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Payback's a Bitch: Why You Retaliate

Payback's a Bitch: Why You Retaliate
Have you ever heard the saying from Confucius, “Before you embark on a journey of revenge, dig two graves”? 

You want to exact revenge because you want others to feel the pain and embarrassment that particular situation caused you. Even though the need for revenge can be understandable, it is not healthy.

Retaliation is normal whether you just lost a mini-golf game, your favorite sports team loses, your partner cheats on you or someone accidentally bumps shoulders with you on the sidewalk.

These events create chemical changes in your brain, causing immediate stress on your body. Taking that stress and aggression out on somebody, whether they caused you the pain or not, seems like the right thing to do to get your hormones back to normal.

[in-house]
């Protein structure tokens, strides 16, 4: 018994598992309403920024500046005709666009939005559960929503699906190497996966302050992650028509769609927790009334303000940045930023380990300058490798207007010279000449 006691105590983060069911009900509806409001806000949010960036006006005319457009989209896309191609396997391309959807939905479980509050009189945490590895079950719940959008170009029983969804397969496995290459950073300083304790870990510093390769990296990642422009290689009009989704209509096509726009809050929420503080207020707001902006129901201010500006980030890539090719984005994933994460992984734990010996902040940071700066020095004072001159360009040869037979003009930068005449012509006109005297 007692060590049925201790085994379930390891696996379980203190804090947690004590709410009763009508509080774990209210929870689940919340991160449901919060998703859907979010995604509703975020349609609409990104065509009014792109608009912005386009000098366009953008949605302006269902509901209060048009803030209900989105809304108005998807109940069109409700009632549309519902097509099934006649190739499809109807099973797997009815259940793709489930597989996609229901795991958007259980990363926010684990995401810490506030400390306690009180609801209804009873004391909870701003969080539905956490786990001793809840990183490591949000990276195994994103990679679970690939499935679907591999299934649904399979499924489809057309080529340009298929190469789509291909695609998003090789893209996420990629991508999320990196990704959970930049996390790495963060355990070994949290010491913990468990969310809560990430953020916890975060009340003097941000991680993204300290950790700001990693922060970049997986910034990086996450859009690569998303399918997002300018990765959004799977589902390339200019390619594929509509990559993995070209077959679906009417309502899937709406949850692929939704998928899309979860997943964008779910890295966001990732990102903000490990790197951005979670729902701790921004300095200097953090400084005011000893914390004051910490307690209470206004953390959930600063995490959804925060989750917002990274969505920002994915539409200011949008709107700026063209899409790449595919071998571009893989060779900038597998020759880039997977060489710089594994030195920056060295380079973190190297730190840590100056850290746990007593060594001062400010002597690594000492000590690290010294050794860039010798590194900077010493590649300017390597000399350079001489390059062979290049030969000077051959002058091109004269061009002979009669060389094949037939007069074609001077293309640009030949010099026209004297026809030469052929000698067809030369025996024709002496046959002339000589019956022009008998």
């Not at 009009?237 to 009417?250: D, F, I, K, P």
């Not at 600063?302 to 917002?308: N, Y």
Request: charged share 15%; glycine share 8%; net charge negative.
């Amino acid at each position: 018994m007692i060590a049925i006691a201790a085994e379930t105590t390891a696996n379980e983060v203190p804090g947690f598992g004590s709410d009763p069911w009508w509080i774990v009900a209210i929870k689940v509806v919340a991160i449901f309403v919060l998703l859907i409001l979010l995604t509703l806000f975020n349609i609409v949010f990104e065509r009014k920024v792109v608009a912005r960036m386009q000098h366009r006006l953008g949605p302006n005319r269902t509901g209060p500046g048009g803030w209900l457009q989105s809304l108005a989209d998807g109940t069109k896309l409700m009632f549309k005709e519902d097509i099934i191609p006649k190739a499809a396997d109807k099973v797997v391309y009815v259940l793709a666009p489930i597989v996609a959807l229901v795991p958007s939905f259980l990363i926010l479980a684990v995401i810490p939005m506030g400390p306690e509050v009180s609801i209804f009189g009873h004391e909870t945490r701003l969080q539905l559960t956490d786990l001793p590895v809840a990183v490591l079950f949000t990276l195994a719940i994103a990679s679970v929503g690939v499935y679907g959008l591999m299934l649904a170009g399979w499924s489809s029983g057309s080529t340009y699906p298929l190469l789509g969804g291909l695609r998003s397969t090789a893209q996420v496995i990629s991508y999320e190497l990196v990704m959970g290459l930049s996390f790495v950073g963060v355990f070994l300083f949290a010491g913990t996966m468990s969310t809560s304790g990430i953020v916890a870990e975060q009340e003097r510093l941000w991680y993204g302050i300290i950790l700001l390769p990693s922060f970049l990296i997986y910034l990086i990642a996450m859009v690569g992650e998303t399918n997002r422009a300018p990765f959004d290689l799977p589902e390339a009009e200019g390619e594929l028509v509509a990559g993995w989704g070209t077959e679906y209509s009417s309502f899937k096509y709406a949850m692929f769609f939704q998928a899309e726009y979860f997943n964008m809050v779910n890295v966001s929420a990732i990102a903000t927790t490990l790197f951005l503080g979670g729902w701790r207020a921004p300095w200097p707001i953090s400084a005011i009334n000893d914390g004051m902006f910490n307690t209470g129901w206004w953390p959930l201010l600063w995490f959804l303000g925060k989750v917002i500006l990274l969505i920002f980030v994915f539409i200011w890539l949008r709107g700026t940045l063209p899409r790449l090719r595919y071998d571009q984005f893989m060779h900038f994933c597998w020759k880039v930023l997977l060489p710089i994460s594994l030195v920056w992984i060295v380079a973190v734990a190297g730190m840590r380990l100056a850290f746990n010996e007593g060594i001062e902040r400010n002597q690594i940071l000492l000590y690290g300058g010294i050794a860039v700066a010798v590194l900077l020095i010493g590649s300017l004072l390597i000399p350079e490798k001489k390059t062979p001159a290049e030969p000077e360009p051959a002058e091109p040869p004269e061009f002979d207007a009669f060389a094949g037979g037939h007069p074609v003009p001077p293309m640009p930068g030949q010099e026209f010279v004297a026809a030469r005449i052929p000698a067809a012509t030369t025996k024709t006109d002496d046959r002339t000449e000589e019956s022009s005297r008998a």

Is there a way to overcome these feelings of revenge without causing any harm?

Distinguished Fellow of the American Psychiatric Association and retired psychiatrist, Judith Eve Lipton, MD, shares why retaliation is normal but harmful, as well as ways to overcome your feelings of revenge in a healthy way.
Featured Speaker:
Judith Eve Lipton, MD
Judith Lipton Judith Eve Lipton, MD, is a retired psychiatrist, and a Distinguished Fellow of the American Psychiatric Association. She and her husband, Professor David P. Barash, have been together since 1976, producing eight books, with two more in press; two daughters; and increasingly large numbers of grandchildren.